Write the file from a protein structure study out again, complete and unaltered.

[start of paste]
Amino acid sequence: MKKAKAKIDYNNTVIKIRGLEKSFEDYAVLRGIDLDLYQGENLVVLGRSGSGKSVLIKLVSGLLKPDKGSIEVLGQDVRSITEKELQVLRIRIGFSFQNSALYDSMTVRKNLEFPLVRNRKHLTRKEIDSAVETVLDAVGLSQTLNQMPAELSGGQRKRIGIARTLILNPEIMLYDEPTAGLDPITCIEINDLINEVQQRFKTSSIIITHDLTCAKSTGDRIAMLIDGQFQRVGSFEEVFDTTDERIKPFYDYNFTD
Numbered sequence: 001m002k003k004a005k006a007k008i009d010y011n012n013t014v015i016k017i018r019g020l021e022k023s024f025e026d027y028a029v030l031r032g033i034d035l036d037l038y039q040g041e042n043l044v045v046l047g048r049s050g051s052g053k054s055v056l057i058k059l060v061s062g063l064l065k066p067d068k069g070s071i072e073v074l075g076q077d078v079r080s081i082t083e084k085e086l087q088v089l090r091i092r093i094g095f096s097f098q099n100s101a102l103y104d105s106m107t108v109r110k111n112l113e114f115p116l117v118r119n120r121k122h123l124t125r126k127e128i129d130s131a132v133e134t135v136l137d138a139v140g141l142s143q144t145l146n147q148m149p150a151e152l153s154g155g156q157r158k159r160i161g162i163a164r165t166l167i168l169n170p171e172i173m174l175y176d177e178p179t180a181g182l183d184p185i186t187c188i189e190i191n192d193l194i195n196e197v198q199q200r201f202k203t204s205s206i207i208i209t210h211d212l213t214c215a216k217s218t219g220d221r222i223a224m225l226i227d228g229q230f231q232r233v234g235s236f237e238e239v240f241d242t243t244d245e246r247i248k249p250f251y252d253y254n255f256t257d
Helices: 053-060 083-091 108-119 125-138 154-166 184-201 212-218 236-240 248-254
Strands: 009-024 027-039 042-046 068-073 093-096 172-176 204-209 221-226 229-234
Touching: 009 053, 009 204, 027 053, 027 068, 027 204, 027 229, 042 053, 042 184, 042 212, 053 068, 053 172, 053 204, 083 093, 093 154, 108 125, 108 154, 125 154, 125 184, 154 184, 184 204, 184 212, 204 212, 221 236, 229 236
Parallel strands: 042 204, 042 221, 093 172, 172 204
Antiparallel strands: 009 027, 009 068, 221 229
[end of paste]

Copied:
Amino acid sequence: MKKAKAKIDYNNTVIKIRGLEKSFEDYAVLRGIDLDLYQGENLVVLGRSGSGKSVLIKLVSGLLKPDKGSIEVLGQDVRSITEKELQVLRIRIGFSFQNSALYDSMTVRKNLEFPLVRNRKHLTRKEIDSAVETVLDAVGLSQTLNQMPAELSGGQRKRIGIARTLILNPEIMLYDEPTAGLDPITCIEINDLINEVQQRFKTSSIIITHDLTCAKSTGDRIAMLIDGQFQRVGSFEEVFDTTDERIKPFYDYNFTD
Numbered sequence: 001m002k003k004a005k006a007k008i009d010y011n012n013t014v015i016k017i018r019g020l021e022k023s024f025e026d027y028a029v030l031r032g033i034d035l036d037l038y039q040g041e042n043l044v045v046l047g048r049s050g051s052g053k054s055v056l057i058k059l060v061s062g063l064l065k066p067d068k069g070s071i072e073v074l075g076q077d078v079r080s081i082t083e084k085e086l087q088v089l090r091i092r093i094g095f096s097f098q099n100s101a102l103y104d105s106m107t108v109r110k111n112l113e114f115p116l117v118r119n120r121k122h123l124t125r126k127e128i129d130s131a132v133e134t135v136l137d138a139v140g141l142s143q144t145l146n147q148m149p150a151e152l153s154g155g156q157r158k159r160i161g162i163a164r165t166l167i168l169n170p171e172i173m174l175y176d177e178p179t180a181g182l183d184p185i186t187c188i189e190i191n192d193l194i195n196e197v198q199q200r201f202k203t204s205s206i207i208i209t210h211d212l213t214c215a216k217s218t219g220d221r222i223a224m225l226i227d228g229q230f231q232r233v234g235s236f237e238e239v240f241d242t243t244d245e246r247i248k249p250f251y252d253y254n255f256t257d
Helices: 053-060 083-091 108-119 125-138 154-166 184-201 212-218 236-240 248-254
Strands: 009-024 027-039 042-046 068-073 093-096 172-176 204-209 221-226 229-234
Touching: 009 053, 009 204, 027 053, 027 068, 027 204, 027 229, 042 053, 042 184, 042 212, 053 068, 053 172, 053 204, 083 093, 093 154, 108 125, 108 154, 125 154, 125 184, 154 184, 184 204, 184 212, 204 212, 221 236, 229 236
Parallel strands: 042 204, 042 221, 093 172, 172 204
Antiparallel strands: 009 027, 009 068, 221 229